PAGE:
Reduce your carbon footprint and enter #OURCHILDFRIENDLYLEEDS competition
Here at Child Friendly Leeds, we have been setting fortnightly challenges for you to enjoy during lockdown. The theme for this fortnight is #SkillsForLife with a focus on responding to the climate emergency.
We’ve teamed up with #LeedsByExample to get you thinking about the skills you can build on to reduce your carbon footprint and care for the environment now and in the future.
The competition will run from Monday 1 June and it will close on Friday 19 June. We want to see how you are building your #SkillsForLife through your actions against climate change. We have lots of ideas, shared in this blog, of how you might do this.
Just share your entry on social media and use the hashtag #OurChildFriendlyLeeds. There are prizes to be won for the best entry.
What is my carbon footprint made of?
Your carbon footprint is a measure of your personal contribution to climate change. It takes into account how many greenhouse gases are released as a result of the way you choose to live your life. The bigger the carbon footprint, the bigger your impact on the environment.
From the food that you eat and the stuff you buy, to how you travel and the energy you use in your home—all of the carbon that goes into these things makes up you carbon footprint. To measure yours, fill out WWF’s Carbon Footprint Calculator.
To find out more about how our actions and carbon emissions affect climate change, watch this useful video.
What can I do?
Don’t panic if your carbon footprint is bigger than you’d like! It’s easy to reduce your environmental impact.
There are so many #SkillsForLife you can easily work on to reduce your carbon footprint, protect our planet and #LeedsByExample. Here’s a few ideas to get you started…
Learn to ride a bike—or ride somewhere new!
Many people in Leeds choose to travel around the city by car, sometimes even for very short journeys. Unfortunately, most cars are powered by fossil fuels which mean they emit harmful and greenhouse gases.
Cycling and scooting are fun ways to get around and they’re good for the environment too. Learning to ride one—or learning to go somewhere new—is a skill for life that is also good for your health.
Take a look at our cycle planning page to get some ideas on where to go and what routes to take. Don’t forget to share your cycling adventures with us by using #OurChildFriendlyLeeds.
Cook a climate-friendly meal
Learning to cook a tasty and healthy meal is definitely a skill for life but did you know that some food is better for the planet than others? For example, eating one beef burger every week has the same environmental impact as driving a car for 320 miles! That’s like driving from Leeds all the way to Cambridge and back! To find out why this is, watch this video.
Dairy produce and meat, especially beef and lamb, have a higher carbon footprint because of the land, water, and energy used to feed and rear animals. So by eating a few less meals with meat in each week you’ll reduce the impact your diet has on the environment.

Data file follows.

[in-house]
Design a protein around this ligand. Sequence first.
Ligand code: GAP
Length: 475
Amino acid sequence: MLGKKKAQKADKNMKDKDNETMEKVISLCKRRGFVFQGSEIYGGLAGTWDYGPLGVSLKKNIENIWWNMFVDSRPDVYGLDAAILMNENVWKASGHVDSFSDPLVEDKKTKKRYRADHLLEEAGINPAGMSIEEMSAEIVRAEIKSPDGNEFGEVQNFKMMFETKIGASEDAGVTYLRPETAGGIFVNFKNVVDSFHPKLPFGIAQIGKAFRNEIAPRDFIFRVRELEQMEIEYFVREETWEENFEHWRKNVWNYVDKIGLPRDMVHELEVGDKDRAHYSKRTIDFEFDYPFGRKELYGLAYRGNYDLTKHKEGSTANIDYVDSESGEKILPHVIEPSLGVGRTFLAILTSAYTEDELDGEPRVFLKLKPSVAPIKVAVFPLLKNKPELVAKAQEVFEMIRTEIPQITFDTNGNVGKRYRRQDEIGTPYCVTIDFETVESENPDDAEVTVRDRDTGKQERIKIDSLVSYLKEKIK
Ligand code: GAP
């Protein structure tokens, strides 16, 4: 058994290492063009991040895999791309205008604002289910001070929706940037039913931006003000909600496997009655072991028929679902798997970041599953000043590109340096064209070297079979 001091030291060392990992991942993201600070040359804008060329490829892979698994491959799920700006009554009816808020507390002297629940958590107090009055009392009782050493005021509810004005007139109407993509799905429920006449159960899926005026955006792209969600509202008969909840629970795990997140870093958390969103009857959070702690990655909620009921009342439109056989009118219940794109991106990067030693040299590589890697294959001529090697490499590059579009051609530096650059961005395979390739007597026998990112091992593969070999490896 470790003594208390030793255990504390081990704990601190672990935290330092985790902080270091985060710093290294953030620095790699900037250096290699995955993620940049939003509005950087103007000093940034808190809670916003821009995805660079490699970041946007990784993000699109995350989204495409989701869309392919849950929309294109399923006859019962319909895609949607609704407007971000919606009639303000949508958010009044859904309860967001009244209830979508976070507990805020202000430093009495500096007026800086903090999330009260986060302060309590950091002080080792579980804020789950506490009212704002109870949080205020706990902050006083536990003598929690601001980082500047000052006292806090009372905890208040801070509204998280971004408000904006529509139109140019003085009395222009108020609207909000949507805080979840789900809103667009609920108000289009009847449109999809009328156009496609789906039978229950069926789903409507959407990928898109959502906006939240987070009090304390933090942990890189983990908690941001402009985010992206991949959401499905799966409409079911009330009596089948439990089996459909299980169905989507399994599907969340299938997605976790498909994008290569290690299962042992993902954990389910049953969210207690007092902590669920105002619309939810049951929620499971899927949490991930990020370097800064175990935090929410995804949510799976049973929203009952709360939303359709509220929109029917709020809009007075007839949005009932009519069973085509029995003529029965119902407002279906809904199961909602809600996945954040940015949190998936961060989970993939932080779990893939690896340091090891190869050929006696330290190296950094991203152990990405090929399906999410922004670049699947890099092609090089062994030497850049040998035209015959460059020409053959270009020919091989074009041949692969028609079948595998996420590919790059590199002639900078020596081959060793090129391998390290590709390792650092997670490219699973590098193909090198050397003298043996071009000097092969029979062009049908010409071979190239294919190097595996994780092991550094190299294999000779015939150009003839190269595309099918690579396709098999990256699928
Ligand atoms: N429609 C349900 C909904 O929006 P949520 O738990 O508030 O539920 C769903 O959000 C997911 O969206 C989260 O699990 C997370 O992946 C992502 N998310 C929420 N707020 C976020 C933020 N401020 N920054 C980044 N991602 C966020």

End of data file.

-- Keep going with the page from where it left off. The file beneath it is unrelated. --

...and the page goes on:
Why not try cooking a meat-free meal for your family to enjoy? If you need some inspiration on what to cook, take a look at some of these easy climate friendly recipes.
Grow something green to help local wildlife
Over the last 30 years, more than 40% of insect species are declining and a third are endangered due to a loss of habitat, our use of pesticides, climate change and the way we grow and source natural resources. Without pollinators such as bees and butterflies, crops including apples, soft fruits, beans, courgettes, tomatoes and strawberries will be harder to grow and more expensive to buy.
You can do your bit to help wildlife in Leeds by having a go at some gardening: whether it’s in your garden, or on a balcony or windowsill, these pollinator friendly plants are easy to grow.
For more information on biodiversity, check out this video activity to find out more about it and why protecting biodiversity is so important.
Help your family waste less
Over 600,000 tonnes of stuff is thrown away from Leeds’ homes and businesses every year! However, many of the things we throw away could be useful to someone else or could be recycled into something new.
Take a look at this activity to find out what happens to the plastic you throw away and learn why it’s so important to reuse and recycle—as well as reduce the amount of stuff we throw away in the first place.
Luckily, we can recycle lots of materials and reuse unwanted stuff by donating or repairing it. You could help more people to recycle by designing a poster that explains what can and can’t be recycled and what can be reused or repaired locally using these helpful pages by Leeds Recycles and Zero Waste Leeds to display at home.
Learn how to save energy at home
Whilst some electricity we use at home comes from clean and renewable sources, a lot of this energy is still created in ways that directly cause climate change. You can therefore make a big difference (and help save money) by reducing the amount of electricity and water you waste at home. For example, turning your heating down by just 1 degree can save around £80 a year!
Turning the heating down, switching off lights and appliances, changing lightbulbs to L.E.D or using less hot water are all things that can reduce your household’s impact on the environment! For information about where our energy comes from and how much electricity appliances use at home, take a look at these worksheets and read these top tips from the Energy Saving Trust.
Try and find out how much energy you use at home and come up with ideas for how you can reduce this, then create a poster, video or leaflet to explain this to your parents.
Whatever you do to help the environment or reduce your carbon footprint, make sure you share it with us on social media. Post on your Facebook, Twitter, or Instagram using the hashtag #OurChildFriendlyLeeds to enter the competition.